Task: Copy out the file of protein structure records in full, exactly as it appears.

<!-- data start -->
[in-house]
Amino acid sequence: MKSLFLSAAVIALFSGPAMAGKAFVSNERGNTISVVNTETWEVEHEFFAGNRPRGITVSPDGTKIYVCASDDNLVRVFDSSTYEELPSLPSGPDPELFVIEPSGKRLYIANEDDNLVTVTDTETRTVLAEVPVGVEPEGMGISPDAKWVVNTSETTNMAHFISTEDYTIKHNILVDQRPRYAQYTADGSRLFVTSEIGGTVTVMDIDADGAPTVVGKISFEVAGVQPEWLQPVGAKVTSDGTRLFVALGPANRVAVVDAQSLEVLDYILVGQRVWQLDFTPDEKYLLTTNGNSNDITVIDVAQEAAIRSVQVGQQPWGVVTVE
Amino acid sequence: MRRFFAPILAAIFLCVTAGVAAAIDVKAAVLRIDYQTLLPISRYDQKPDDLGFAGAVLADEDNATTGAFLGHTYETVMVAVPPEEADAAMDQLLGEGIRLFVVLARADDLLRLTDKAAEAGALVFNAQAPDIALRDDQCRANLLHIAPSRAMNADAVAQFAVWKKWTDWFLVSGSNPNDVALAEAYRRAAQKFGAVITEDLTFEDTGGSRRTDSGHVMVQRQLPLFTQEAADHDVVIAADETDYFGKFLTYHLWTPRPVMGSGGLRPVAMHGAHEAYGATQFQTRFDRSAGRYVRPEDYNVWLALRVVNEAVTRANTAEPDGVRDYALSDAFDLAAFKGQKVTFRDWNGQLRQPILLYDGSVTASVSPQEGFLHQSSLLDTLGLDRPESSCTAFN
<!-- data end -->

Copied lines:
[in-house]
Amino acid sequence: MKSLFLSAAVIALFSGPAMAGKAFVSNERGNTISVVNTETWEVEHEFFAGNRPRGITVSPDGTKIYVCASDDNLVRVFDSSTYEELPSLPSGPDPELFVIEPSGKRLYIANEDDNLVTVTDTETRTVLAEVPVGVEPEGMGISPDAKWVVNTSETTNMAHFISTEDYTIKHNILVDQRPRYAQYTADGSRLFVTSEIGGTVTVMDIDADGAPTVVGKISFEVAGVQPEWLQPVGAKVTSDGTRLFVALGPANRVAVVDAQSLEVLDYILVGQRVWQLDFTPDEKYLLTTNGNSNDITVIDVAQEAAIRSVQVGQQPWGVVTVE
Amino acid sequence: MRRFFAPILAAIFLCVTAGVAAAIDVKAAVLRIDYQTLLPISRYDQKPDDLGFAGAVLADEDNATTGAFLGHTYETVMVAVPPEEADAAMDQLLGEGIRLFVVLARADDLLRLTDKAAEAGALVFNAQAPDIALRDDQCRANLLHIAPSRAMNADAVAQFAVWKKWTDWFLVSGSNPNDVALAEAYRRAAQKFGAVITEDLTFEDTGGSRRTDSGHVMVQRQLPLFTQEAADHDVVIAADETDYFGKFLTYHLWTPRPVMGSGGLRPVAMHGAHEAYGATQFQTRFDRSAGRYVRPEDYNVWLALRVVNEAVTRANTAEPDGVRDYALSDAFDLAAFKGQKVTFRDWNGQLRQPILLYDGSVTASVSPQEGFLHQSSLLDTLGLDRPESSCTAFN